Blog posts tagged "just ship"

“They can even stop when they have a map that is just good enough.”

January 28th, 2012

There’s a hilarious answer to the question Why are software development task estimations regularly off by a factor of 2-3? floating around now. Hilarious, deeply knowing, but not terrible accurate or actionable.

But buried in the comments was this gem from Neil K, which I’m going to quote, in it’s entirety, for truth (Neil has, after all, seen more sausage getting made at more of the places whose tools you use then nearly anyone):

This is really good, but if I can offer a suggestion — the analogy could be even more apt with a slight shift. Currently it only shows how people go wrong when they develop software in a naive way — by starting at the beginning, and coding each step to final quality, in order. The story, as written now, makes it look like writing software is just an impossible slog and nobody can do it.

The truth is, software is research. It’s a matter of discovering the solution, not plodding through it. This is implicit in your story, because they keep encountering unexpected problems. But let’s make it explicit.

Imagine, instead, that our intrepid pair is charged with mapping the coastline of California from SF to LA. Mapping is more like software development because it involves discovery, and getting things right at multiple “points”.

The naive mappers start off from SF and it all fails exactly as you outline. A more clever pair of mappers instead decide to hire a boat, and map just a few points on the coastline precisely, just to get a rough estimate, and to survey the coastline for the tricky places. Then they know where to apply their efforts — an intern can be hired to pace out some of the easy bits, and a team of well-equipped hikers can be brought in to handle the hard parts.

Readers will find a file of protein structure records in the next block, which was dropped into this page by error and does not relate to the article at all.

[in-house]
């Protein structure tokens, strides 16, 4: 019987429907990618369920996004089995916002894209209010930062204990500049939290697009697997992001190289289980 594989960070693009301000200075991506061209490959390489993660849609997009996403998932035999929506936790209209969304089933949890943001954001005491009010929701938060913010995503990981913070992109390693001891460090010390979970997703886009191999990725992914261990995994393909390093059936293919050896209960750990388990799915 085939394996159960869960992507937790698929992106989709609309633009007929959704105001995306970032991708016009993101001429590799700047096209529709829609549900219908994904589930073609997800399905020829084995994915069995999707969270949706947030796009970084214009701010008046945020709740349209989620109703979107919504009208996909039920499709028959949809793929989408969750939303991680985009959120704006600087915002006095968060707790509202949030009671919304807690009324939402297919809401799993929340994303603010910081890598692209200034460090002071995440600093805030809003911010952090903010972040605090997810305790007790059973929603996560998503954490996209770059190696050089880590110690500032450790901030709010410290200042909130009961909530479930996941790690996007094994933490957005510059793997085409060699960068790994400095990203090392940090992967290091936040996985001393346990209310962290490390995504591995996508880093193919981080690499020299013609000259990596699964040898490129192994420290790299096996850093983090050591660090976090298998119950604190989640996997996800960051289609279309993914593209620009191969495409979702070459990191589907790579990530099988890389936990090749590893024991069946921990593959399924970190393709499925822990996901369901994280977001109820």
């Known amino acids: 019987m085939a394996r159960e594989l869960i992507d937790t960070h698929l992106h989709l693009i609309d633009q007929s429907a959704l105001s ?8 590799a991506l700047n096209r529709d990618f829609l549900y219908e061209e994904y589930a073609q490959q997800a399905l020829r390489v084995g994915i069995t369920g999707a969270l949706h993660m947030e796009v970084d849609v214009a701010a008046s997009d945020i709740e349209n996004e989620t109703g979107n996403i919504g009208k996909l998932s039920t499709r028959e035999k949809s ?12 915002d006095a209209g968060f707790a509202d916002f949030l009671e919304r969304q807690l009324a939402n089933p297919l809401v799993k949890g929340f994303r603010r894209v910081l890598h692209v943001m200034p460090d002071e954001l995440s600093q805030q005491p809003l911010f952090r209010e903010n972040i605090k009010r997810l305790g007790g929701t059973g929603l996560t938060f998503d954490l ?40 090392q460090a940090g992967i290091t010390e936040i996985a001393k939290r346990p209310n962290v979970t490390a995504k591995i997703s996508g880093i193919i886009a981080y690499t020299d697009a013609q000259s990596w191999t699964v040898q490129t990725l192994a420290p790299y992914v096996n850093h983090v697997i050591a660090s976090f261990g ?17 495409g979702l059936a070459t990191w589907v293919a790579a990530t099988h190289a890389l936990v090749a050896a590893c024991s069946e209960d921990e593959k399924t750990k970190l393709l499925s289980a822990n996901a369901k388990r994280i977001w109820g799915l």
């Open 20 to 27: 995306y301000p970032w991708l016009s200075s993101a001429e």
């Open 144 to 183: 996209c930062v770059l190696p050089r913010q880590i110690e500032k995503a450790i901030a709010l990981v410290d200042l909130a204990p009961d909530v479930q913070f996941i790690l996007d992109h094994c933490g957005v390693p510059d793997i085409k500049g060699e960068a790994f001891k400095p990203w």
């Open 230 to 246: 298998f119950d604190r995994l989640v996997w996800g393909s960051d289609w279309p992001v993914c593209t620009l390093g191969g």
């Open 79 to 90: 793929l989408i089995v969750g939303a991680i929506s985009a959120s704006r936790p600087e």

They can even stop when they have a map that is just good enough.

Shipping, it gets harder

May 7th, 2011

Love this quote from Borthwick regarding and shipping:

“I ran a new product development group within a large company and I would like to dispel the simplistic myth that big companies don’t innovate. There is innovation occurring at many big companies. The thing that big companies really struggle to do is to ship.”John Borthwick –

People ask me why I focus so relentlessly on shipping as opposed to the rest of the software development life cycle. In part because it’s hard. It’s often the hard problem. And it gets harder the longer you do it, aka it gets harder the more important the thing you’ve built is.

The Brooklyn Problem

May 5th, 2011

I was honored to speak as part of the rapid fire keynotes Thursday morning at Where 2.0 (4/21), and gave a brief (even briefer then originally planned) talk on “The Brooklyn Problem”.

The slides:

The video:

Folks have told me they enjoyed the talk, and found it inspiring and informative, which is immensely gratifying.

I was personally frustrated with myself as I wasn’t as prepared as I like to be, and I made a number of last minute cuts from the talk that made it feel more disjointed then I liked.

This can be summarized in the #protip: When the organizers give you a chance at a dry run to get to know the stage and the equipment, do it!

Additionally I didn’t get to talk about the work of Aaron Beppu who recently joined our search team tackling relevance ranking, did the bulk of the backend work on this project as his bootcamp project, and whose final implementation is significantly more complex and interesting, or Fred Blau, who is currently working on our internationalization effort, but who rewrote our auto-complete implementation to use sequence ids instead of timing for a much smoother interface.

dirty hands

April 5th, 2011

Now that’s interaction design! (and my favorite take on the work we’re doing at Etsy.)